TRIVIAL PURSUIT: Most of the movie was filmed in Utah because of its barren landscape with unusual rock formations giving it an otherworldly look. Edgar Rice Burroughs wrote A Princess of Mars on which the movie is based while residing in Utah.

CRITICAL MASS: As of 3/19/12: Rotten Tomatoes: 51% positive reviews. Metacritic: 52/100. The reviews are about as mixed as you can get them.

COMPARISON SHOPPING: Prince of Persia: The Sands of Time

DOG LOVERS: You wouldn’t think there would be dogs on Mars but there is an adorable dog-like creature that runs unbelievably fast. Like, autobahn fast.

FINAL RATING: 6/10

NEXT: A Thousand Words

New Releases for the Week of March 9, 2012


March 9, 2012

JOHN CARTER

(Disney) Taylor Kitsch, Lynn Collins, Willem Dafoe, Samantha Morton, Mark Strong, Ciaran Hinds, Dominic West, James Purefoy, Bryan Cranston, Thomas Haden Church. Directed by Andrew Stanton

A Civil War veteran finds himself inexplicably transported to a strange new world. No, not Bolivia – Mars. He finds himself caught up in a genocidal civil war there, falling in with an unexpected ally, an eight-foot-tall four-armed green man named Tars Tarkas and the beautiful Martian princess (and more human-looking) Dejah Thoris. Carter will have to confront the demons of his past and learn from them if he is to save himself and Mars. From the series of books by “Tarzan” creator Edgar Rice Burroughs.

See the trailer, clips, promos, featurettes and a film short here.

For more on the movie this is the website.

Release formats: Standard, 3D and IMAX 3D

Genre: Science Fiction

Rating: PG-13 (for intense sequences of violence and action)

A Separation

(Sony Classics) Leila Hatami, Peyman Moaadi, Shahab Hosseini, Sareh Bayat. An Iranian woman initiates divorce proceedings to get custody of her daughter and move away from their home which her husband won’t leave because he is caring for his Alzheimer’s-stricken father. The daughter winds up staying and the man hires a maid to help care for his father, but discovers she’s been lying to him and events begin to escalate beyond control.

See the trailer and a clip here.

For more on the movie this is the website

Release formats: Standard

Genre: Drama

Rating: PG-13 (for mature thematic material)

A Thousand Words

(Paramount) Eddie Murphy, Kerry Washington, Cliff Curtis, Allison Janney. A glib literary agent who prides himself over being able to talk anyone into anything discovers that after failing to get a new age guru for representation that a bodhi tree has miraculously appeared in his yard. For every word the agent speaks, a leaf will fall from the tree and once the tree is bare, both the agent and the tree will die. He will have to use different means of communicating and treasure his words wisely.

See the trailer and a clip here.

For more on the movie this is the website.

Release formats: Standard

Genre: Comedy

Rating: PG-13 (for sexual situations including dialogue, language and some drug-related humor)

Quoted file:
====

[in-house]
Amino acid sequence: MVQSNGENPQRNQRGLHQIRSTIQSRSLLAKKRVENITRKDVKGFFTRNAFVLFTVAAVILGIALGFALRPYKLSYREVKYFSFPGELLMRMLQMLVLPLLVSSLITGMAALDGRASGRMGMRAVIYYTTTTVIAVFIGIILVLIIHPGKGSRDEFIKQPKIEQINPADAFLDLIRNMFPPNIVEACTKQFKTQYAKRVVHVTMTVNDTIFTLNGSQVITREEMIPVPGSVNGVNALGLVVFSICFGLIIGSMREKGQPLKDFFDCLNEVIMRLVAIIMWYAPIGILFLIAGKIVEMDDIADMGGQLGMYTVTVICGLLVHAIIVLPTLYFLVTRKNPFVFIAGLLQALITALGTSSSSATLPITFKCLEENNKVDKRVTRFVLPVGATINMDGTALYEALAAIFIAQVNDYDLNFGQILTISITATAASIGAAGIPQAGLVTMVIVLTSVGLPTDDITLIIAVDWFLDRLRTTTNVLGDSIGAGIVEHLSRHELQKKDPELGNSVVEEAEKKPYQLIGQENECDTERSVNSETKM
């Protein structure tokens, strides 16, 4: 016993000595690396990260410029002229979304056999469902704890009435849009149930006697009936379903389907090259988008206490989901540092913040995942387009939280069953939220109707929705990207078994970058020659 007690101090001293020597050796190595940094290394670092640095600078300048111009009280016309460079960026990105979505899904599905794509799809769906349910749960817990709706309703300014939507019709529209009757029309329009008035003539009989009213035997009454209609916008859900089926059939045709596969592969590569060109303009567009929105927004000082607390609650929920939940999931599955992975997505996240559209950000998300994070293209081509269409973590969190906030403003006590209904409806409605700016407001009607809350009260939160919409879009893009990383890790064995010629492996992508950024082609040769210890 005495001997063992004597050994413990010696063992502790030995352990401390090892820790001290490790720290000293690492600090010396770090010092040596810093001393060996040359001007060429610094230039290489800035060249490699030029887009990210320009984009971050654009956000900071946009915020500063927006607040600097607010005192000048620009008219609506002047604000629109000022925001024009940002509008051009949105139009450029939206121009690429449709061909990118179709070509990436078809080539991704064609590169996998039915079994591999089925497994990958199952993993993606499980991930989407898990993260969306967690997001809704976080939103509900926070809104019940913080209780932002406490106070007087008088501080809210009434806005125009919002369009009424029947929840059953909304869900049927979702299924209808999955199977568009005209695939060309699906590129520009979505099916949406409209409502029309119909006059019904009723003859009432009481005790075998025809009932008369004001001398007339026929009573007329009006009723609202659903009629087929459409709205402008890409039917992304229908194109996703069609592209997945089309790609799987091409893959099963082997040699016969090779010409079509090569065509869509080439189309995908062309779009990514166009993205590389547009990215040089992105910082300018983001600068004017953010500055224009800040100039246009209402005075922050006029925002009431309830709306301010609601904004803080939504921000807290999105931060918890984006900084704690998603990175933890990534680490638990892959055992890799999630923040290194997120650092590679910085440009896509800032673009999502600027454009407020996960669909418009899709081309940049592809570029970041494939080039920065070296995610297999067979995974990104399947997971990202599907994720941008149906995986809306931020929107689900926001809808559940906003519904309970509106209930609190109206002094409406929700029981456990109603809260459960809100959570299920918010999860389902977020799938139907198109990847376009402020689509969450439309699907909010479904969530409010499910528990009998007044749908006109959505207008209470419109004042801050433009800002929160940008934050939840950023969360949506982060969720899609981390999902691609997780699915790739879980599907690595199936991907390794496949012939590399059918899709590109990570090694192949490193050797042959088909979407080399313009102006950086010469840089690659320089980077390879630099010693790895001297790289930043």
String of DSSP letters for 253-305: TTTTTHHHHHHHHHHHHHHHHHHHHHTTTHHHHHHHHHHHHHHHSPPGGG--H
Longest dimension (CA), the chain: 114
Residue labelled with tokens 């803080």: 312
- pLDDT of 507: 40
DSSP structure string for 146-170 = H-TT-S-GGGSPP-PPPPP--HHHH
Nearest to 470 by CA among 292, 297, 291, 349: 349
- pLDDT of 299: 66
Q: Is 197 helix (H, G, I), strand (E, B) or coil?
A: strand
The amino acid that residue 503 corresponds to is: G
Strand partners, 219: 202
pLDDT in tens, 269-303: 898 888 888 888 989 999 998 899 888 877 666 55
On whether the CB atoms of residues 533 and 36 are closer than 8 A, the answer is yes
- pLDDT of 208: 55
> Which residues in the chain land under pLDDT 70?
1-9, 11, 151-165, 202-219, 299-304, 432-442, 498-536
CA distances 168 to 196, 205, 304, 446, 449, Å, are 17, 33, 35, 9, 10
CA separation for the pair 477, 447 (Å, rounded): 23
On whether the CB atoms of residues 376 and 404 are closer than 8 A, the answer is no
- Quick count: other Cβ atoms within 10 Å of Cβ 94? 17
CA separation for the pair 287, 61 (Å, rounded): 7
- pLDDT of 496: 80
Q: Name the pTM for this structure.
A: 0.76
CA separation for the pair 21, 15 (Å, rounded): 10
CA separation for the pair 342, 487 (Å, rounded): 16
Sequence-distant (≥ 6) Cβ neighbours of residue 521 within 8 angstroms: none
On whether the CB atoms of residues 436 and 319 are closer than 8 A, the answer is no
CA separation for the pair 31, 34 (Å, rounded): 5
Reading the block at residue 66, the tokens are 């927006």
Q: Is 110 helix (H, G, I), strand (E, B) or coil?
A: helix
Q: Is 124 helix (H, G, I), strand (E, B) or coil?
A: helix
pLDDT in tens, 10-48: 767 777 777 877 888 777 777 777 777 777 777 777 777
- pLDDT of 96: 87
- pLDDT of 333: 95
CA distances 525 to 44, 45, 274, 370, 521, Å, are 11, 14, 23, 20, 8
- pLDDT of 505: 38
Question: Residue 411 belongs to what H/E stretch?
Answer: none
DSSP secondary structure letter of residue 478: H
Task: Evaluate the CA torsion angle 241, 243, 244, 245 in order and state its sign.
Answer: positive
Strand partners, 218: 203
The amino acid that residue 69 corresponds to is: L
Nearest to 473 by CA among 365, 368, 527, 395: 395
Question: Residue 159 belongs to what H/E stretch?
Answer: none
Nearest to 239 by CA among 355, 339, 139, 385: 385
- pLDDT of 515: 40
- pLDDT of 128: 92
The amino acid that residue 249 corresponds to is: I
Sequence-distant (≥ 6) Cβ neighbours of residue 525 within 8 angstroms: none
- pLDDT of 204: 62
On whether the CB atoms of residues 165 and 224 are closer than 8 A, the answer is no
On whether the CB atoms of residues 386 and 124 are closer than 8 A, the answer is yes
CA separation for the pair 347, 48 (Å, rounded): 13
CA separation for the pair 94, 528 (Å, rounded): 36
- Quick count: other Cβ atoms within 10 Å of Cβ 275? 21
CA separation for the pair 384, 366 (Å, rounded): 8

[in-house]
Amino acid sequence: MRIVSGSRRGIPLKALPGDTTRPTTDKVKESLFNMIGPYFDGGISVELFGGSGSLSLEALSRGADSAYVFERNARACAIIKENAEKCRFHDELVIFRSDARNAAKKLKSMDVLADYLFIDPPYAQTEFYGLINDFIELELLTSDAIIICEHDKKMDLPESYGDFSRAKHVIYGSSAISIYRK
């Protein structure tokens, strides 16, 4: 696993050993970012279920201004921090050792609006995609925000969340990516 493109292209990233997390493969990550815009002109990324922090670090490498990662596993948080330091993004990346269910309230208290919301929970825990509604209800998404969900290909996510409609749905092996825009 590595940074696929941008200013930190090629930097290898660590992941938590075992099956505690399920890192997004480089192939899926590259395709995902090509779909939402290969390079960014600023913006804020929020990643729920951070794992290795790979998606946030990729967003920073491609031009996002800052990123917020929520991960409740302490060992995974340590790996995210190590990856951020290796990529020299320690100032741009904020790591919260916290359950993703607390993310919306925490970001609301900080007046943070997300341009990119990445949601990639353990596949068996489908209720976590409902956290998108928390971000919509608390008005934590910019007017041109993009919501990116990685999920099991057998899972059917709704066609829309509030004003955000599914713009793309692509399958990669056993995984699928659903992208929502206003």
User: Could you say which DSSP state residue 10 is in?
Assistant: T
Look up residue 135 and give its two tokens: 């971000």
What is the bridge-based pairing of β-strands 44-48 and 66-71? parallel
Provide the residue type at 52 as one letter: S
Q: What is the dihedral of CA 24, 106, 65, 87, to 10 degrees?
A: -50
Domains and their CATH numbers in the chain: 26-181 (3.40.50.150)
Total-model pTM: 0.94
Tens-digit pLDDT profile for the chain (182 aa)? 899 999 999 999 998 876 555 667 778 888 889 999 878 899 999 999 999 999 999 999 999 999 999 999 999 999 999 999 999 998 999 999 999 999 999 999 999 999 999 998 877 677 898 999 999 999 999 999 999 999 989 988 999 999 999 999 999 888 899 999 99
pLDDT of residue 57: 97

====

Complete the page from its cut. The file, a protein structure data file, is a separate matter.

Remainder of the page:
Deadline

(Roadside Attractions) Eric Roberts, Steve Talley, J.D. Souther, Anna Felix.  An investigative journalist re-opens a case of an African-American boy who had been murdered twenty years earlier. The case had never been properly investigated and thus the murderer had gone uncharged for the crime, let alone punished for it. Inspired by actual events, the movie is based on a novel called “Grievances” by Mark Ethridge.

See the trailer here.

For more on the movie this is the website.

Release formats: Standard

Genre: True-Life Drama

Rating: PG-13 (for sexual content, language, some violence and thematic material)

Friends With Kids

(Roadside Attractions) Adam Scott, Jennifer Westfeldt, Jon Hamm, Kristen Wiig.  A group of young twenty-somethings who have been friends for awhile have mostly paired off. The last two singles in the group observe the effect of kids on the lives of their friends and decide they want a child of their own – they just don’t want to get married to each other so they decide to have a kid together – and date other people.

See the trailer and clips here.

For more on the movie this is the website.

Release formats: Standard

Genre: Comedy

Rating: R (for sexual content and language)

Silent House

(Open Road) Elizabeth Olsen, Adam Trese, Eric Sheffer Stevens, Julia Taylor Ross. A young woman and her father decide to renovate their secluded lake house. While there they are mysteriously sealed in and all contact with the outside world cut off and soon strange and terrifying things begin to occur as they soon realize that their lives are in mortal danger in this silent place. The movie is presented as a single uninterrupted shot taking place in real time and is based on an Uruguayan movie of the same name that was their country’s official Foreign Language Oscar submission last year.

See the trailer and clips here.

For more on the movie this is the website.

Release formats: Standard

Genre: Horror

Rating: R (for sexual content, graphic nudity, language and drug use)